Improved MySQL and PHP login security using salts

Obviously in the age of Drupal and other CMS systems, you generally don’t need to write your own user login/password schemes, but just in case you do, heres some code I fiddled around with recently to

  • Provide a reasonable safe password storage mechanism that was safe from rainbow dictionary attacks.
  • Implement a simple ‘I forgot my password scheme’, which sends an email to confirm the request to the users email address with a clickable link.
    • This could be combined with a Captcha scheme or similar to prevent an automation attacks.


The first thing to realize with passwords, is that storing them as plaintext in a database is just asking for trouble. You always need to encode, encrypt or in someway protect passwords.

Typically, this is done via a one-way cryptographic hash function such as the Secure Hash Algorithm 1 (SHA-1), which returns a pseudo-random 40 character string. For example, calling sha1(‘biteme’) returns:


There are some weaknesses in the SHA-1 algorithm that make it a less than ideal choice for an encoding scheme these days. But there is also a general weakness of such a hash based encodings. Because the hashing function always returns the same hash for the same key, you can create rainbow tables of keys and their hashes. If you can access to the DB, it then becomes relatively easily to start matching user passwords to the rainbow table.

Obviously the longer a user password is and the more non-alphabetic characters it includes all help make the generation of a sufficient rainbow table pretty hard.

The solution to preventing such attacks is to use a stronger encoding scheme and to ‘salt’ the password to make the key to hash mapping unique.

Sadly a lot of PHP/MySQL books(*) use SHA-1 only in their examples to encode passwords, such as ‘PHP and MySQL WebDevelopment’ by Luke Welling and Laura Thompson, probably for clarity and also as they’re trying to cover a lot of ground.

Just remember SHA-1 is not your friend any longer.

Our Data

We’re going to use a few sample MySQL tables to discuss better ways of encoding passwords and handling password resets.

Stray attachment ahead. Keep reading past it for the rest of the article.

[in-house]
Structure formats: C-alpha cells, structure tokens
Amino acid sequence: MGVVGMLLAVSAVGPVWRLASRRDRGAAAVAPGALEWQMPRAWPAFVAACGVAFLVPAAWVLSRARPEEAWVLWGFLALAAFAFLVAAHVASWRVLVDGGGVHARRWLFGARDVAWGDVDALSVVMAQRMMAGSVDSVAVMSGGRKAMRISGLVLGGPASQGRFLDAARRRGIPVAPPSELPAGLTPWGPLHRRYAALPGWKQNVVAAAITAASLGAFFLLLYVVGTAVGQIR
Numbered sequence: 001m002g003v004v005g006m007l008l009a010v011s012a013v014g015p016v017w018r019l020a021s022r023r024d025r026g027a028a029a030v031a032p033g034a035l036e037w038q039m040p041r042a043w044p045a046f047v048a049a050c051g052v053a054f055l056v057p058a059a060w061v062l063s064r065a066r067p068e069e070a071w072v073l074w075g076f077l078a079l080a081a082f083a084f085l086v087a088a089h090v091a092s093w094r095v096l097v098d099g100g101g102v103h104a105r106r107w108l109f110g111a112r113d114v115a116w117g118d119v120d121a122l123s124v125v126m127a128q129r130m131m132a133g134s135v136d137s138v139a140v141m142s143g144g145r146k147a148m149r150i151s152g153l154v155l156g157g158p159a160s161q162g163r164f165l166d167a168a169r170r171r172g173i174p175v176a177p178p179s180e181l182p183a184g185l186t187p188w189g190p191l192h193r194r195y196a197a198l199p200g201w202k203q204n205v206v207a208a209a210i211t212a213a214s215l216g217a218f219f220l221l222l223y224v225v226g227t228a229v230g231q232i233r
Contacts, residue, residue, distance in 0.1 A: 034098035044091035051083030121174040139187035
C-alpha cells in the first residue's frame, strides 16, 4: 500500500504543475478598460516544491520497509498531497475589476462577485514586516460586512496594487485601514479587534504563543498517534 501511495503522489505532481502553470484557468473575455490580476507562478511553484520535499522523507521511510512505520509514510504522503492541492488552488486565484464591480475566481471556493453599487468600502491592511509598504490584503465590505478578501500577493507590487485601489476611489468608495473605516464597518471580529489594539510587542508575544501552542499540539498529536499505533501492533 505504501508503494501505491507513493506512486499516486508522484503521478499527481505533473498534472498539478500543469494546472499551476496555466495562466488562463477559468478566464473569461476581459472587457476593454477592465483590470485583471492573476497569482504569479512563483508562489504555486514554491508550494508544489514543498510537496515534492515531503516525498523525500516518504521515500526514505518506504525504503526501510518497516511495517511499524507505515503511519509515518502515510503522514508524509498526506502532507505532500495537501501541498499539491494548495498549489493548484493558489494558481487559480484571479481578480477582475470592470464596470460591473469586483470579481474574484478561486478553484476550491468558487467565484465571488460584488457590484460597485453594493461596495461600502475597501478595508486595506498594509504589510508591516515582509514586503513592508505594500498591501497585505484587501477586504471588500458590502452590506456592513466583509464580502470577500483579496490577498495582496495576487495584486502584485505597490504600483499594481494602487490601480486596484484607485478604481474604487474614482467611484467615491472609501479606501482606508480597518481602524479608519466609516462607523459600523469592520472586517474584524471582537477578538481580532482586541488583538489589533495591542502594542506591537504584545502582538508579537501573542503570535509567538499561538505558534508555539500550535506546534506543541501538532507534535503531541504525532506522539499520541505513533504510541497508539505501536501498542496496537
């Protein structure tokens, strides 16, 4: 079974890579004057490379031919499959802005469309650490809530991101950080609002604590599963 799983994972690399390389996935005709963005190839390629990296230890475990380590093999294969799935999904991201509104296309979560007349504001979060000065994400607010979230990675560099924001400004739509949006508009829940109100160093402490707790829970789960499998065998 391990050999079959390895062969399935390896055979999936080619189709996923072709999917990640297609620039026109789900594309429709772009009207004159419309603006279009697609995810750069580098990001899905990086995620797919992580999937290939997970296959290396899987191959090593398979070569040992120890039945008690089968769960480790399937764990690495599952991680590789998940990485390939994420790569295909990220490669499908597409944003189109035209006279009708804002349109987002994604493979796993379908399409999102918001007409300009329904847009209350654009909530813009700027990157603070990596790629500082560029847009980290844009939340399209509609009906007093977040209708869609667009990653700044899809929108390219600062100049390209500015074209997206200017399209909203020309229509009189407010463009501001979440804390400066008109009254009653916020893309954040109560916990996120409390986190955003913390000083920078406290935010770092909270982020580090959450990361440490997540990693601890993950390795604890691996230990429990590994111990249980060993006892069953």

First is our user table which stores an email address, a password field, the date and time of account creation and some password ‘seasoning':

| Field      | Type             | Null | Key | Default | Extra |
| email      | varchar(60)      | NO   | PRI |         |       |
| password   | varchar(64)      | YES  |     | NULL    |       |
| created    | datetime         | NO   |     | NULL    |       |
| pepper     | varchar(10)      | YES  |     | NULL    |       |

And a password reset table, which holds an email address, a password reset token and a date time of the password request. We will uses this when a user forgets a password.

| Field     | Type        | Null | Key | Default | Extra |
| email     | varchar(60) | NO   | PRI | NULL    |       |
| token     | varchar(60) | NO   |     | NULL    |       |
| requested | datetime    | NO   |     | NULL    |       |

Creating an account

You would use a standard webform to capture user details such as name and password. Setting this up is beyond this posting, but you probably want to do this via an SSL session to prevent anyone sniffing user passwords as they’re sent from the browser to the server.

Say that the user was and the password was ‘biteme’.

Conventional examples would have you insert this into your MySQL database by doing something similar to  this:


But as we saw the weakness of SHA-1 and rainbow table attacks, we need to do something a little more complex. We will use the following approach to ‘season’ the password: